Cool burn

Mechanical engineering researcher looks to make energy more efficient by cooling its burn

University of South Carolina faculty tend to dream big. From education to international business, from aerospace to the arts to medicine and public health, they’re always coming up with a new approach to an old process or a novel solution to some vexing problem. This spring, USC Times, the university’s quarterly magazine for faculty and staff, launched the “Big Ideas” series to give faculty a platform to share their dreams and visions, whether they hope to transform their field, improve higher education or even change the world. These are their stories.

Think about any kind of flame, like a gas stovetop flame or even a candle flame. It’s hot. If you’re cooking on the stove, that heat is efficient but not completely — there are losses to the atmosphere. In an internal combustion engine the appearance of a flame represents energy loss. It’s the consequence of sharp temperature gradients. 

But there is something called a "cool" flame, which burns at 600-700 degrees Kelvin compared to the 1,500-2,000 degrees Kelvin in a typical combustion chamber. In an internal combustion engine, an air/fuel mixture is ignited and the flame travels from one end of the cylinder to the other. In a "cool flame" engine, the entire cylinder volume would burn almost instantaneously — you’ll never see any flame. That’s significant because with lower temperature you get much higher efficiency.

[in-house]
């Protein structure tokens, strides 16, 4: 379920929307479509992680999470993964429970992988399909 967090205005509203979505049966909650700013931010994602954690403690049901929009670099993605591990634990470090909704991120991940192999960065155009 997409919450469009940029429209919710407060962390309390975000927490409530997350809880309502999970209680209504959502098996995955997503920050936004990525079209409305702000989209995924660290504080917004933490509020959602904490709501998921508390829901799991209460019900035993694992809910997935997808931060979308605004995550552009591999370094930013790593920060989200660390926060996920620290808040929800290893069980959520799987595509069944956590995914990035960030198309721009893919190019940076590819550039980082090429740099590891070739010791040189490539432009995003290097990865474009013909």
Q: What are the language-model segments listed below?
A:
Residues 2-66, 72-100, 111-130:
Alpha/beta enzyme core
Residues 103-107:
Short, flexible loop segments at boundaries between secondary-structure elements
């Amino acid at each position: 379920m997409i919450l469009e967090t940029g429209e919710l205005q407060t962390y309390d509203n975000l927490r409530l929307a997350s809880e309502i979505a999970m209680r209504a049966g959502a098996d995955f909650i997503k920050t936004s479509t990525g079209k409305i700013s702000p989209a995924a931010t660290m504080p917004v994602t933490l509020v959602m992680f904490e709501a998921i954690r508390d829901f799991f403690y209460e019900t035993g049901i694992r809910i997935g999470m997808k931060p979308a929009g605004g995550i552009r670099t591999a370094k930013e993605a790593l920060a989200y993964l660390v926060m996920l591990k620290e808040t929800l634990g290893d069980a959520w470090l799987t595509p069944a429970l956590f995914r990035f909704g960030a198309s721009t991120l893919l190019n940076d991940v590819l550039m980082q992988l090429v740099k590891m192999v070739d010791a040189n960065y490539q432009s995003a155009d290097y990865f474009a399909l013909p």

How much higher? Where your car engine gives you 38-40 percent efficiency — maybe 42 percent on a fancy one — our calculations and our experiments show that you could get almost 65 percent efficiency with a "cool flame" engine. That’s unheard of for an internal combustion engine. 

We learned from some experiments we were doing on the International Space Station that diesel-class fuels have the ability to burn in a "cool flame" mode. My pitch is that with an onboard fuel reformer you could take one fuel and continuously synthesize it into different forms, and as the pistons move up and down at different points you inject these different fuel types to maintain a continual cool burn combustion.

I don’t see this yet for personal-scale transportation. We have filed a patent on it and have had interest from the bigger engine guys like Caterpillar, General Electric and a Rolls-Royce subsidiary that does heavy marine engines. Truck transportation would be interested, too. 

Engines now are basically computers, which makes it easier to implement this type of combustion concept than would have been possible 20 years ago. We are publishing papers on this and have most of the fundamentals worked out. We’re talking with the University of West Virginia, which has a big transportation engine lab. If we can get an industrial partner, it will be more convincing than just showing a prototype of the engine.